Two Michigan lawmakers introduced state legislation to repeal a Michigan law that forces women to buy additional health insurance coverage for abortion, even in cases of rape or when a women’s health is endangered.

 

Michigan State Senator Gretchen Whitmer, the Senate Minority Leader, and State Representative Sarah Roberts, both Democrats, introduced the legislation this week. In December, the Michigan legislature passed a bill prohibiting insurance companies in the state from offering abortion coverage in both public and private health plans, except when the woman’s life is at risk, and requires employers and individuals who want coverage to buy extra policies.

“This regressive law hurts women when they are most vulnerable and puts unreasonable barriers between them and the health care they need,” said Roberts. “Prohibiting insurance companies and employers from doing what’s best for the women they serve and care for is wrong and must be stopped immediately.” 

Whitmer, who disclosed her own experience with sexual assault when fighting to garner opposition to the law, called  it “one of the most misogynistic laws I’ve ever seen.” She explained, “It’s downright insulting to expect Michigan women to anticipate and financially plan for rape, incest or a miscarriage. This law should never have been enacted in the first place, and wouldn’t have if it had gone to the voters of Michigan, but the time to repeal it is now.”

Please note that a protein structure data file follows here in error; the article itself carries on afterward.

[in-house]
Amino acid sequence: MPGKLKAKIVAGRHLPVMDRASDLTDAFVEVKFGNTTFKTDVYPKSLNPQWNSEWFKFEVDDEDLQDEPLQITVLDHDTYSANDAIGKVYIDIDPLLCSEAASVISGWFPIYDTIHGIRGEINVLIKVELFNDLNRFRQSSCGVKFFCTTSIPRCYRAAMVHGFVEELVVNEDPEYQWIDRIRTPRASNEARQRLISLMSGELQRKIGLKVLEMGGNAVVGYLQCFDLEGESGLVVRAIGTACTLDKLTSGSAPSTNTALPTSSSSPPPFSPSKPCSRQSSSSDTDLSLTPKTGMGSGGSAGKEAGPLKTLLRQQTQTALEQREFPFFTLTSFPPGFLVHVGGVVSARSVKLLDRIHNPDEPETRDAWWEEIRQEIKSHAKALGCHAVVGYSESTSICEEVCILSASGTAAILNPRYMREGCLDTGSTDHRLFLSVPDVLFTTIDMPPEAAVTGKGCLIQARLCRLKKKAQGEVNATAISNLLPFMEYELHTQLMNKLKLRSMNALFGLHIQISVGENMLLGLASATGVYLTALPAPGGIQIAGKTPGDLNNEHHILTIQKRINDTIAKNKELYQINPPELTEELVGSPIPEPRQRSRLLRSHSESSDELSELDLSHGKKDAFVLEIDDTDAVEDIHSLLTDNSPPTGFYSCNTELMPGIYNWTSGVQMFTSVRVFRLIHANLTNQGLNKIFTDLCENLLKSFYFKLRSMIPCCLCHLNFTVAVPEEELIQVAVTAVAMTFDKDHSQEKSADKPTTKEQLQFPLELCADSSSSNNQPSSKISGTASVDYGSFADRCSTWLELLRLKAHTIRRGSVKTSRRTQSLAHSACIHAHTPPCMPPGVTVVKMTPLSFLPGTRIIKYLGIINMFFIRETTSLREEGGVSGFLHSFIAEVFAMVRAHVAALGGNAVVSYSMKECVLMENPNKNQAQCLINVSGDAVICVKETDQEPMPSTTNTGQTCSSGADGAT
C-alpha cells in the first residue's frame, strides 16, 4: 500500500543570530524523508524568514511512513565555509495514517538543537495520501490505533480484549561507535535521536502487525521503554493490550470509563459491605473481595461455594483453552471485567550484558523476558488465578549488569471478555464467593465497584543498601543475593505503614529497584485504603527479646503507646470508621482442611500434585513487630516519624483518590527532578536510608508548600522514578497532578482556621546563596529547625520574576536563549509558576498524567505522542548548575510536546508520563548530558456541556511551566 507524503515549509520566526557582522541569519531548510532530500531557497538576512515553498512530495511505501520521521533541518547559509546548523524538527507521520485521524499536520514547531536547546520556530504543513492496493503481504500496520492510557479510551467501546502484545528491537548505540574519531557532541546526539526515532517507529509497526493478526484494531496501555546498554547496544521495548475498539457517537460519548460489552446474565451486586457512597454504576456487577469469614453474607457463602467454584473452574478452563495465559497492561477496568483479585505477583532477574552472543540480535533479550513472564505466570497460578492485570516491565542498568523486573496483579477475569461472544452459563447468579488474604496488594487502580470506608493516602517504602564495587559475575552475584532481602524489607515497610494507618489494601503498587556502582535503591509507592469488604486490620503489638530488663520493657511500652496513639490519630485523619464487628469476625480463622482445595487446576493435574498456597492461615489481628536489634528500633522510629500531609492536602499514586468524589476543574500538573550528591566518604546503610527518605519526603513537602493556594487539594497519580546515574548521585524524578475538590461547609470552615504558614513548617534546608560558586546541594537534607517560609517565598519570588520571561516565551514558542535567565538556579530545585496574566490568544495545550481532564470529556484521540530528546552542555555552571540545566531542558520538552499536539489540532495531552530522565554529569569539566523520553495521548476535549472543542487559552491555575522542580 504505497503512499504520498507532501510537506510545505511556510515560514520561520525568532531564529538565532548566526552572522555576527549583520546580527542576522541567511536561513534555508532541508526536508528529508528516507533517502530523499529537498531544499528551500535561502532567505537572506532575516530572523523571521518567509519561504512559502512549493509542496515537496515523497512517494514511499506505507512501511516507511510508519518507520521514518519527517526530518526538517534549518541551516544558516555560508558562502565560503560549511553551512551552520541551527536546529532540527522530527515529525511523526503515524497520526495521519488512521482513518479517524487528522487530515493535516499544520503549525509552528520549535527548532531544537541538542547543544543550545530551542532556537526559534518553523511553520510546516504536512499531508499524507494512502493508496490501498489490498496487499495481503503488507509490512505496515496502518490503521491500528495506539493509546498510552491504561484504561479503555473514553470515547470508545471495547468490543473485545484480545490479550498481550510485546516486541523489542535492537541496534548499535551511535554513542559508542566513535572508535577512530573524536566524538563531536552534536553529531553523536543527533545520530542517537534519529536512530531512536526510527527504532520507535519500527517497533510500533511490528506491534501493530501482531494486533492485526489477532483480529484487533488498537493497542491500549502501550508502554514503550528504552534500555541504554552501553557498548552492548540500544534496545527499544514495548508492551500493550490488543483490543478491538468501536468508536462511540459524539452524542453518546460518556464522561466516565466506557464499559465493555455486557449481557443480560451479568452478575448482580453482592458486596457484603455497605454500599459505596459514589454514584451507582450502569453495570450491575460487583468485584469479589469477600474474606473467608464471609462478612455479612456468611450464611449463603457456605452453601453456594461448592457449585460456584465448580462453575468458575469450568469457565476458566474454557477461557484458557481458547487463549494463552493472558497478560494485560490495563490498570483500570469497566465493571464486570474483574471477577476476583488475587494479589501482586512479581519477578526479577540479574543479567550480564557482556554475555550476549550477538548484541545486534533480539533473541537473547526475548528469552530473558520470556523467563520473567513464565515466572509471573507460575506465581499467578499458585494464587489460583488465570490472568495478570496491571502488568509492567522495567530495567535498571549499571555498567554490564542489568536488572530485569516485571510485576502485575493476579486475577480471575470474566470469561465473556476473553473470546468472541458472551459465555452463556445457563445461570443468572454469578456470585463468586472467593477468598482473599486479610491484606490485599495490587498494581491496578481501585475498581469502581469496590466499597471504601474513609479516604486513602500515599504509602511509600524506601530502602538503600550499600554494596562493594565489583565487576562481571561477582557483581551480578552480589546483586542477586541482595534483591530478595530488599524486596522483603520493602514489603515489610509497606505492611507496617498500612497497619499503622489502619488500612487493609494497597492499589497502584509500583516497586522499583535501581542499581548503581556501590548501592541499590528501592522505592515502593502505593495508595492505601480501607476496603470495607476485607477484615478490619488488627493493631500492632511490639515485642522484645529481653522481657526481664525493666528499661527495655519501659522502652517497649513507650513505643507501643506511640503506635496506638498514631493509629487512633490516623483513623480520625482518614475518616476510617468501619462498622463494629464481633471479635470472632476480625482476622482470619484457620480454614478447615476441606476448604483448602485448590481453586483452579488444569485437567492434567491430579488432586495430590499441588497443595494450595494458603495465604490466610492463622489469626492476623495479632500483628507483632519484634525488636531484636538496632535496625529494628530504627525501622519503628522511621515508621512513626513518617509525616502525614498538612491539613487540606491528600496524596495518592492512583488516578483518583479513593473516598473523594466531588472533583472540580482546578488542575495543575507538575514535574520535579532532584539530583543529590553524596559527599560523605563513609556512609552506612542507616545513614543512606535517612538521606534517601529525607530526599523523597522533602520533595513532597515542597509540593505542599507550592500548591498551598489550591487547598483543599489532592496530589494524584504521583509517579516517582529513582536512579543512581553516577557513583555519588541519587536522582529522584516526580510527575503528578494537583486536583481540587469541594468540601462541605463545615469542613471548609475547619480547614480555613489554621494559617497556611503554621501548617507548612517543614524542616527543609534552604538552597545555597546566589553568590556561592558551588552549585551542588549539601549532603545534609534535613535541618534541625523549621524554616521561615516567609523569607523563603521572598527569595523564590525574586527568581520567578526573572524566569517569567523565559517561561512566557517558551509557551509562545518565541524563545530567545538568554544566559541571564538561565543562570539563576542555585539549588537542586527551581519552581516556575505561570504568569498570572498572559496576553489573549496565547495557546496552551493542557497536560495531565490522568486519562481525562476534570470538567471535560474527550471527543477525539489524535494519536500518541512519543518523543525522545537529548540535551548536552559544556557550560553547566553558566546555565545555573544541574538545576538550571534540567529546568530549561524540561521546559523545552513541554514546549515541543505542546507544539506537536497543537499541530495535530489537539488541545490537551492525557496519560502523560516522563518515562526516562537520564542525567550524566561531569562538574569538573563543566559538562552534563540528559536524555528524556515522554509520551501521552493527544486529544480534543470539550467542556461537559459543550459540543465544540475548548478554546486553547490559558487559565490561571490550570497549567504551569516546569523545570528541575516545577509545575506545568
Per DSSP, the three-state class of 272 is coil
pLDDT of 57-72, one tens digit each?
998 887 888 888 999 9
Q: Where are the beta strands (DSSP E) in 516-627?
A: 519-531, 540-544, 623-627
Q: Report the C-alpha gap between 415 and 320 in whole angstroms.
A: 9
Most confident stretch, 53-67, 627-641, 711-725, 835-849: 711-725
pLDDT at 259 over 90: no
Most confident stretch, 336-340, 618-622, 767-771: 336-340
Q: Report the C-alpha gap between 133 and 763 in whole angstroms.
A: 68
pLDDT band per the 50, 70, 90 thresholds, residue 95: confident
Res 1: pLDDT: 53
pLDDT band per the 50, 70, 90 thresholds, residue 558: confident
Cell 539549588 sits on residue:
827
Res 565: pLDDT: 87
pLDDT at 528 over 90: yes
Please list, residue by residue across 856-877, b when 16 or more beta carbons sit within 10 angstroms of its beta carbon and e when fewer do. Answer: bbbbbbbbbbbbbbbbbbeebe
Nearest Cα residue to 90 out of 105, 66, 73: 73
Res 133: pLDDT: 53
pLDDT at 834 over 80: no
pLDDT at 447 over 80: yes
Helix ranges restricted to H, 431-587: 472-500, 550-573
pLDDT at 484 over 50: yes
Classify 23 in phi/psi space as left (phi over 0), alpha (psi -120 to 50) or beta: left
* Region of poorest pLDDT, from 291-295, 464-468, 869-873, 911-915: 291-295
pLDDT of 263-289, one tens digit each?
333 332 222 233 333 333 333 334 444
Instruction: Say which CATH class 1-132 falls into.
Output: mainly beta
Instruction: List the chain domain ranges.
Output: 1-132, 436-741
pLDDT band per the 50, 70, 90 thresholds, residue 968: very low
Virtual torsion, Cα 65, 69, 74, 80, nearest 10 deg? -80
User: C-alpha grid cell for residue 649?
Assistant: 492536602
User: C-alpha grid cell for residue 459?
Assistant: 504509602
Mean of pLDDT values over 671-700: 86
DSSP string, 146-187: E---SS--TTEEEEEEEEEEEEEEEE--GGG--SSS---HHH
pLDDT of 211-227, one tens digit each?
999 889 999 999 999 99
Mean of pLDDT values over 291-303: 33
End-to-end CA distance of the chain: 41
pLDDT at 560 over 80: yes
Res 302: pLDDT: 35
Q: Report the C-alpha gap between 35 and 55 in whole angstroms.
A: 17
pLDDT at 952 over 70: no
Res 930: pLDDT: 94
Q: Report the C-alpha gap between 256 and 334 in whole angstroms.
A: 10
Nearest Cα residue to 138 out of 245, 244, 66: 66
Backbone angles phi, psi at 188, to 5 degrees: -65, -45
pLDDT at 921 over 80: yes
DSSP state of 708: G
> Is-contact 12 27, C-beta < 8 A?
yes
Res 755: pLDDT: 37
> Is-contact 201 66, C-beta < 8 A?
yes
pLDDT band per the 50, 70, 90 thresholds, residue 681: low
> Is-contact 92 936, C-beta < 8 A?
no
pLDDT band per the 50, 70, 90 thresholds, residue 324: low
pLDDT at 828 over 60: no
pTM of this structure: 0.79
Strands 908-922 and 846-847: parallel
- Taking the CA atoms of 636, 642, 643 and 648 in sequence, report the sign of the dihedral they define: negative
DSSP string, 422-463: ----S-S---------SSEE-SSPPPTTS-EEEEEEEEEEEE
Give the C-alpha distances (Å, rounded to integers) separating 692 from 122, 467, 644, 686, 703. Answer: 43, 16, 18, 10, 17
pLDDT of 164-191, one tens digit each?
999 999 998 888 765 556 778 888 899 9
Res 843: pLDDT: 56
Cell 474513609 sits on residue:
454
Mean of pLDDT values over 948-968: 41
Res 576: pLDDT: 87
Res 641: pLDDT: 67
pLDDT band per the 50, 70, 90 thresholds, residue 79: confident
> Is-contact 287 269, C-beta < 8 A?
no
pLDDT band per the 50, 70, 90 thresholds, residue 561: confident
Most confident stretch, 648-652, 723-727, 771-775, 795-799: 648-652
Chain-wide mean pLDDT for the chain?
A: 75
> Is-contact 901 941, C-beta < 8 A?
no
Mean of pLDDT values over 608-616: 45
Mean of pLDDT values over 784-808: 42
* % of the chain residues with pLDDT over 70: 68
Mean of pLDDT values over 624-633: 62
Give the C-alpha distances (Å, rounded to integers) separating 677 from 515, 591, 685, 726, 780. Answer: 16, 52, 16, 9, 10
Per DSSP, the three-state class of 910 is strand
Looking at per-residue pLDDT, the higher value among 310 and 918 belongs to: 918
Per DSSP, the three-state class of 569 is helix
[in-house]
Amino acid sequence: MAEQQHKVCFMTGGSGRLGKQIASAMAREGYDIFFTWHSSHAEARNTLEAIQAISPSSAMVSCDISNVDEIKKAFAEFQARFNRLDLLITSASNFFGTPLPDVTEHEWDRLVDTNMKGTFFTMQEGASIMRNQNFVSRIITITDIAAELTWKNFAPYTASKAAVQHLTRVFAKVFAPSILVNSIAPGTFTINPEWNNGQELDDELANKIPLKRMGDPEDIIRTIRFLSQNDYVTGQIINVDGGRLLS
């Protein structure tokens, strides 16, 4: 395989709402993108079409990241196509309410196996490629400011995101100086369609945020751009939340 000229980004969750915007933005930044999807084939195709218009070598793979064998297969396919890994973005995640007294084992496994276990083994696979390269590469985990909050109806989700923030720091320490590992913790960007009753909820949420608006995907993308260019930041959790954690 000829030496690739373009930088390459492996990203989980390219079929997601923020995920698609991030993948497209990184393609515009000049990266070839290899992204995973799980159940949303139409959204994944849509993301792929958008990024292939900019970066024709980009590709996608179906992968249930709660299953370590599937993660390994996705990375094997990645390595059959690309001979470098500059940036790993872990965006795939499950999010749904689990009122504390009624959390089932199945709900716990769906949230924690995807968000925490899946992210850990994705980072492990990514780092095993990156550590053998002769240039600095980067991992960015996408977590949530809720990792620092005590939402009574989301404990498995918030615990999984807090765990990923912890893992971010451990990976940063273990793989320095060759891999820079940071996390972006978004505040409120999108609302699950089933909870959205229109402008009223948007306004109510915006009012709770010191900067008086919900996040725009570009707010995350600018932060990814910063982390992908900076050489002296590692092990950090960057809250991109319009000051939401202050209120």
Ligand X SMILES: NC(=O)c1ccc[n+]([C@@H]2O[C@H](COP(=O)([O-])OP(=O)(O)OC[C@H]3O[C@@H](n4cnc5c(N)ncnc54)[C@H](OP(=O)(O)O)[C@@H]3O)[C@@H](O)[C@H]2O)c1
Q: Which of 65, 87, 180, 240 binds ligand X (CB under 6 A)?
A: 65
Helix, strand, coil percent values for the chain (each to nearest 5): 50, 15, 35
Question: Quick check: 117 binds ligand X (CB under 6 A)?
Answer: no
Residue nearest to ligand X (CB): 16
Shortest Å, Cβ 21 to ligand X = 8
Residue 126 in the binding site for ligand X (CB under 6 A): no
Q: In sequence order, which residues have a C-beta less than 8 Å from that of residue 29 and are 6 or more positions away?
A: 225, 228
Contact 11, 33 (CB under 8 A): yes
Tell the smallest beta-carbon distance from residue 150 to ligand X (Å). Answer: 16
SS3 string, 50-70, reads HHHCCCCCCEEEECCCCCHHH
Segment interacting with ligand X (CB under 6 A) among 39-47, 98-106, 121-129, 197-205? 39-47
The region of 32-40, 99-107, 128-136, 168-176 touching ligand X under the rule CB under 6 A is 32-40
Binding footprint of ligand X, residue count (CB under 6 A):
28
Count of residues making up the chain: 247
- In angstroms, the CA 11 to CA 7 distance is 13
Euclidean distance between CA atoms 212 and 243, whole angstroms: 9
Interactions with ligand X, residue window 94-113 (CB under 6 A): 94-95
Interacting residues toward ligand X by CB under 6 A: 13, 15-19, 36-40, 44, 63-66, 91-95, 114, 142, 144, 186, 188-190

As intended, the law severely limits insurance coverage for comprehensive women’s reproductive health care. Michigan has 42 health insurers, but only 7 offer the supplemental abortion insurance rider. The rider, however, is also only available to a subset of Michigan women: those who have employer-sponsored health plans. According to Whitmer and Roberts, women who buy insurance on their own have no access to abortion coverage.

Michigan Gov. Rick Snyder (R ) vetoed the abortion insurance ban 2012, but pro-choice opponents, led by Michigan Right to Life, circumvented the veto and collected enough petition signatures to send the measure back to the legislature, which approved the ban largely along party lines. 

Media Resources: House Bill No. 5697 (2014); Michigan Senator Gretchen Whitmer Press Release 6/16/14; Feminist Newswire 12/12/13; Think Progress 12/12/14; MLive 12/28/12

 

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